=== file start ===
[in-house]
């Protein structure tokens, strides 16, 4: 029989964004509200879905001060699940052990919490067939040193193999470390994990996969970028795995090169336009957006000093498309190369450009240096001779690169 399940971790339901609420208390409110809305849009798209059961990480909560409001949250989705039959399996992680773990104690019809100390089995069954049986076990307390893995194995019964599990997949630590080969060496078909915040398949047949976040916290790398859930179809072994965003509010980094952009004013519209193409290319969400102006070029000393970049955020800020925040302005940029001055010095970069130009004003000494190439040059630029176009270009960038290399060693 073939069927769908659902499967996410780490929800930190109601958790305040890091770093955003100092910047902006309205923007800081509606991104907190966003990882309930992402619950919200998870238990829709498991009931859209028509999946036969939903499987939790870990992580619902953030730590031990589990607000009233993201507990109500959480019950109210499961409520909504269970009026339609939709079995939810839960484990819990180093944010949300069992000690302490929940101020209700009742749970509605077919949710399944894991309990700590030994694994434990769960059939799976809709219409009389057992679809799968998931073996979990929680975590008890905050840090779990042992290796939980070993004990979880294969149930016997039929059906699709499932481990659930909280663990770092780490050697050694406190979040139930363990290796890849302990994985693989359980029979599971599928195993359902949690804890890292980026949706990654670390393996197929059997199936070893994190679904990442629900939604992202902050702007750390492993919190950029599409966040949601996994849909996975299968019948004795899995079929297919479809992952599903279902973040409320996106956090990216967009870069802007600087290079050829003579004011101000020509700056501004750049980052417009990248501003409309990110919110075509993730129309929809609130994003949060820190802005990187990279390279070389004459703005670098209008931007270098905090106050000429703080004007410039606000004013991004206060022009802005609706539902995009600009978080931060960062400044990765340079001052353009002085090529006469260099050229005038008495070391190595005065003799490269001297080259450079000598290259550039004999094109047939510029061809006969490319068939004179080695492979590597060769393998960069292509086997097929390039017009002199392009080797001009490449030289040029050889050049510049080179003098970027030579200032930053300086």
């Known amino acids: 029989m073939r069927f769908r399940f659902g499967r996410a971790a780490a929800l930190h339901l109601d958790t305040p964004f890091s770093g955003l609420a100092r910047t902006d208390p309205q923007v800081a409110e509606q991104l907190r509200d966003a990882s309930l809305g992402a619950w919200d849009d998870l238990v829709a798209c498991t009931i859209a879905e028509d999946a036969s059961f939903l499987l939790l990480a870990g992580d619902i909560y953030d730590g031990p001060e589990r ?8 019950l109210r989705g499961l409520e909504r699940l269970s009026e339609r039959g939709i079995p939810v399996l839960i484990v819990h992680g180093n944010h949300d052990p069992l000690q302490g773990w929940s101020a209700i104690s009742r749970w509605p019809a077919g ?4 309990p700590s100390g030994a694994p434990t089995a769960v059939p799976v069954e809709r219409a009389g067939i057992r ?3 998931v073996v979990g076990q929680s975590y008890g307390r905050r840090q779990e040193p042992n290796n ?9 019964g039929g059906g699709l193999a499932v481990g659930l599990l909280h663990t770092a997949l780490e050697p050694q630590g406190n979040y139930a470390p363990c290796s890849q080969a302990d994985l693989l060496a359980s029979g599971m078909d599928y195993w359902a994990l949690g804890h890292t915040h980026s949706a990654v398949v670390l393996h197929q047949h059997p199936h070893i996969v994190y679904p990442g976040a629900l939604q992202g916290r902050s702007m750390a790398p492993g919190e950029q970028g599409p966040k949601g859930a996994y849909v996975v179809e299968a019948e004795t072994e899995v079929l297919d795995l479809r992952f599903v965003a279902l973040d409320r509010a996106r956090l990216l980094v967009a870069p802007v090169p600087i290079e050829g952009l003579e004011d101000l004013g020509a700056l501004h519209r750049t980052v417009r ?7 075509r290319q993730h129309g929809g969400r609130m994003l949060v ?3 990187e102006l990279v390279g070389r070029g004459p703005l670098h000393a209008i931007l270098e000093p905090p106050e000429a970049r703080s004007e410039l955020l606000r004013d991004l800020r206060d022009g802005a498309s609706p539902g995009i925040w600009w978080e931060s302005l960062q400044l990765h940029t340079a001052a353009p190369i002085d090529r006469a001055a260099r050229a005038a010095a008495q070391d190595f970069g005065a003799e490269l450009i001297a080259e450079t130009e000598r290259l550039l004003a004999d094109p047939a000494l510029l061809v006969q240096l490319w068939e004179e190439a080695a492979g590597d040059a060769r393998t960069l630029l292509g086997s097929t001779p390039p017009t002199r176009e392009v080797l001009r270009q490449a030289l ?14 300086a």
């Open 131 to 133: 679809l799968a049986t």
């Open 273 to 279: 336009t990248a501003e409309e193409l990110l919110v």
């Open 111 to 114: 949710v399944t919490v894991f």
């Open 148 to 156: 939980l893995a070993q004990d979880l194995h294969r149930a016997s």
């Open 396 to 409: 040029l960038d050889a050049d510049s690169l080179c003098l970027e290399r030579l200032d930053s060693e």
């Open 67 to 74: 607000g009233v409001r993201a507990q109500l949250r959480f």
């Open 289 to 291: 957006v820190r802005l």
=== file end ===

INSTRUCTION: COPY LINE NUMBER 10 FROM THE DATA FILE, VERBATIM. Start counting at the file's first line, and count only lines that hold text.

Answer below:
């Open 289 to 291: 957006v820190r802005l």